One reason I avoid reviewing most of the more well-known classic films is because, if they are among my favorites, I have usually seen them over and over, and I find it difficult to judge them dispassionately. However, two recent articles, one about THE BISHOP'S WIFE (1947) on the New York Times Op/Ed page and one about THE SHOP AROUND THE CORNER (1940) online in Slate, have nudged me into commenting on two of my favorite Christmas movies. My comments, however, have little to do with the holiday and more to do with a minor epiphany about why I like the movies I like: the supporting casts. So much depends on a strong bunch of interesting secondary characters and a strong cast of actors to play them, and both of these movies have such characters and actors. Of course, the stars and the stories of both films are quite wonderful. THE BISHOP'S WIFE concerns a bishop (David Niven) who, in using all his energy to raise money to build a multi-million dollar cathedral. has lost sight of several things that are more important in life, including his relationships with his wife (Loretta Young), child, and old friends, and his connection to the Biblical command of charity. When he prays for help to raise more funds, an angel named Dudley (Cary Grant) comes down at Christmas to guide him back toward the intangibles he has been neglecting (rather like John Payne and Edmund Gwenn do for Maureen O'Hara in MIRACLE ON 34TH STREET). While the central trio of stars are excellent, especially Niven, it is the supporting cast that makes this film so special: Gladys Cooper as a rich old biddy who is withholding her crucial support until Niven agrees to build the church exactly as she wants it; James Gleason as a taxi driver who takes a shine to Grant and Young, whom he assumes are engaged to be married; and especially Monty Woolley as a retired history professor (forced out before his time, we are led to believe, because of his atheism). All three take relatively small roles and make them all feel central, at one time or another, to the narrative. Woolley's character is one of the few atheists I can remember in a major film, and though in the next to last scene, he finds that Grant's influence is pushing him into the church's doors on Christmas Eve, we're also left, largely due to Woolley's playing, unsure as to how deep his conversion will go. Elsa Lanchester, Sara Haden, and Regis Toomey are all fine in smaller roles. The film is sweet, yes, but also quirky enough that it doesn't become sappy. This is a Christmas movie I can watch all year around.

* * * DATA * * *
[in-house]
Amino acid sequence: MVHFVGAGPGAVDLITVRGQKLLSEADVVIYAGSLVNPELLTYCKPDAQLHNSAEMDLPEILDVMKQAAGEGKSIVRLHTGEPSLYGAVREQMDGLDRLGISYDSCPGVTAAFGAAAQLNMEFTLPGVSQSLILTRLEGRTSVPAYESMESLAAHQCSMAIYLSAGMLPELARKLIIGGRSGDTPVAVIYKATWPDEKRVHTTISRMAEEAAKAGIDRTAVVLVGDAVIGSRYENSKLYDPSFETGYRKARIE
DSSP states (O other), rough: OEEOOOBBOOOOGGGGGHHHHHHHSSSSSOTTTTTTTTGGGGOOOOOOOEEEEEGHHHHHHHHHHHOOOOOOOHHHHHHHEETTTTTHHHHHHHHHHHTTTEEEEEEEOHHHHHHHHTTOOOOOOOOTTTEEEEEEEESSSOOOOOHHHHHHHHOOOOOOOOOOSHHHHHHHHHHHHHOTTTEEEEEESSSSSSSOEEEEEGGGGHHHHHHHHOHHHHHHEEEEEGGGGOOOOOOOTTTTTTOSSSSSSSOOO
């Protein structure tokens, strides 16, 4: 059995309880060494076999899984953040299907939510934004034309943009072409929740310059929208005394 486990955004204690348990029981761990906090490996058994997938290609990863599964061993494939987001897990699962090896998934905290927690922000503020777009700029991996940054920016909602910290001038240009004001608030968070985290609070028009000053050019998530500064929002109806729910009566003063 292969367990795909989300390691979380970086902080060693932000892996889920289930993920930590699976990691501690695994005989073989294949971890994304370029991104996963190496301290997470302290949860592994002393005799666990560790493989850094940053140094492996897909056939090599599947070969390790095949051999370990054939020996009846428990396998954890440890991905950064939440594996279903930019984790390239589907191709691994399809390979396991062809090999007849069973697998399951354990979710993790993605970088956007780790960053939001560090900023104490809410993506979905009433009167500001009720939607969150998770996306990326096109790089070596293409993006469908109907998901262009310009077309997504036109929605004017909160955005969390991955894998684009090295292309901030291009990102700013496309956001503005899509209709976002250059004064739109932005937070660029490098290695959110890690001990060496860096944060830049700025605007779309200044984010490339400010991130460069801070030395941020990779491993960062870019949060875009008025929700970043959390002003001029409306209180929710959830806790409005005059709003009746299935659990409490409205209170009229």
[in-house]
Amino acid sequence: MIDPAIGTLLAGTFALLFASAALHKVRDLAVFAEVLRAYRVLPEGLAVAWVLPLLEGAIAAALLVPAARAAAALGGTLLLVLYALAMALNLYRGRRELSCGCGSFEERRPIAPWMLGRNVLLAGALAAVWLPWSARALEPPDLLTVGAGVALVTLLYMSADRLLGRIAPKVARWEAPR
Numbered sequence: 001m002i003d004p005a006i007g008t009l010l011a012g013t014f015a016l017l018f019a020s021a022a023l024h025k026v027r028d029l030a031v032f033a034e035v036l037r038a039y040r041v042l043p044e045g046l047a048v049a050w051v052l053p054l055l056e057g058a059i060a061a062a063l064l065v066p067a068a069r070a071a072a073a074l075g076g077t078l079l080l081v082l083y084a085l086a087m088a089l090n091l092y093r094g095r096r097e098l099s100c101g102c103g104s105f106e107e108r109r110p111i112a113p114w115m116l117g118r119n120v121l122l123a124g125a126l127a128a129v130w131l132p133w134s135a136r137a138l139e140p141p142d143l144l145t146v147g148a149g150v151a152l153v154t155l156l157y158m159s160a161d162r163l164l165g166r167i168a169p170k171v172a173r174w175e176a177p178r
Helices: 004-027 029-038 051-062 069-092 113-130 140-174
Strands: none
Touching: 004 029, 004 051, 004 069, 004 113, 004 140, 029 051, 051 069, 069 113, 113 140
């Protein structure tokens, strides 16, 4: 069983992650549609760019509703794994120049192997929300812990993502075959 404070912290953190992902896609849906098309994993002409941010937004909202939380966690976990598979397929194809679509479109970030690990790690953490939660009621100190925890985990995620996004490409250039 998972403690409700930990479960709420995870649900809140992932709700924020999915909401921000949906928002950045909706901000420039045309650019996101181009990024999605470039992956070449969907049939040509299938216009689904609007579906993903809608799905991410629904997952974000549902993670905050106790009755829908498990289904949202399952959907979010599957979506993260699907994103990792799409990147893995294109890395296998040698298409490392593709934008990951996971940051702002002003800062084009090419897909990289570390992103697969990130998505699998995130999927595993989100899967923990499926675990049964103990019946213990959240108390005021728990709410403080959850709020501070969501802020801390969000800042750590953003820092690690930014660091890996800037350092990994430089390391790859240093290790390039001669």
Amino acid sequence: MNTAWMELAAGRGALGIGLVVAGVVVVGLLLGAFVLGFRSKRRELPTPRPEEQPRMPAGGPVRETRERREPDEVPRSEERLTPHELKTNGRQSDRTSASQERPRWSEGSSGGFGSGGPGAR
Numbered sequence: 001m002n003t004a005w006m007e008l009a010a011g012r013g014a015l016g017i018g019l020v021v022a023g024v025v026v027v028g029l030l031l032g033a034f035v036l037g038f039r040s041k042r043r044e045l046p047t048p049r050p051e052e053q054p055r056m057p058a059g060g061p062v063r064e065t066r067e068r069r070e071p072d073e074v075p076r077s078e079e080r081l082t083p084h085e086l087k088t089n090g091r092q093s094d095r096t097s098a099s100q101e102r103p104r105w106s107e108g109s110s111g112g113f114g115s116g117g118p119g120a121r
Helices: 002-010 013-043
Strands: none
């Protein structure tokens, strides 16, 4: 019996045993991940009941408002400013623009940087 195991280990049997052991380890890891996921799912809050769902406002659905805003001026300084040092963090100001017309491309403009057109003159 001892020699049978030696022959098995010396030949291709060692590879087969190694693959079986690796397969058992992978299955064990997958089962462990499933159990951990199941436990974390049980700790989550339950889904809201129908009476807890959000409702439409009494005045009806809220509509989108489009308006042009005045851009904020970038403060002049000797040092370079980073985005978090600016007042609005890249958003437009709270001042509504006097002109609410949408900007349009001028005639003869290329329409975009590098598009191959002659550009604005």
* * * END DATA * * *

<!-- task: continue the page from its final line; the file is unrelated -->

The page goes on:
THE SHOP AROUND THE CORNER has James Stewart and Margaret Sullavan as clerks in a leather goods store in Budapest who have been falling in love with each other via a pen-pal relationship, not realizing that they work together (and don't exactly get along). Of course, it's no surprise when things work out by the last scene, on Christmas Eve, and the two make a nice somewhat prickly pair of lovers, but the real surprise is a major subplot which involves the owner of the store (Frank Morgan) who suspects his wife of infidelity. When he finds out that his suspicions are correct, he attempts suicide (like the element of atheism in BISHOP'S WIFE, not a plot twist you find in the average romantic comedy). Morgan gives perhaps his greatest performance here, mostly free of his usual tics and mannerisms, and the rest of the shop's employees (primarily Felix Bressart, Joseph Schildkraut, Sara Haden, and William Tracy) are all fleshed out to one degree or another, especially the delightful Bressart. Like BISHOP'S WIFE, the potential for sappiness is held down by the subplots and the acting; Stewart and Sullavan are fine, but the rest of the cast all get chances to shine as well, and help make this another holiday film that shouldn't just be watched in December. In fact, I find myself far more moved by Morgan's touching last scene than by the wrap-up of the central romance. While I would never want to give up my "starwatching" (I can't imagine Hollywood movies without Grant and Stewart and Bette Davis and Katharine Hepburn and Humphrey Bogart), I also like being reminded how much a subtle turn by a character actor (in a well-written role) can add to the magic of moviewatching, and these two films are top-notch examples of that magic.

Sunday, December 24, 2006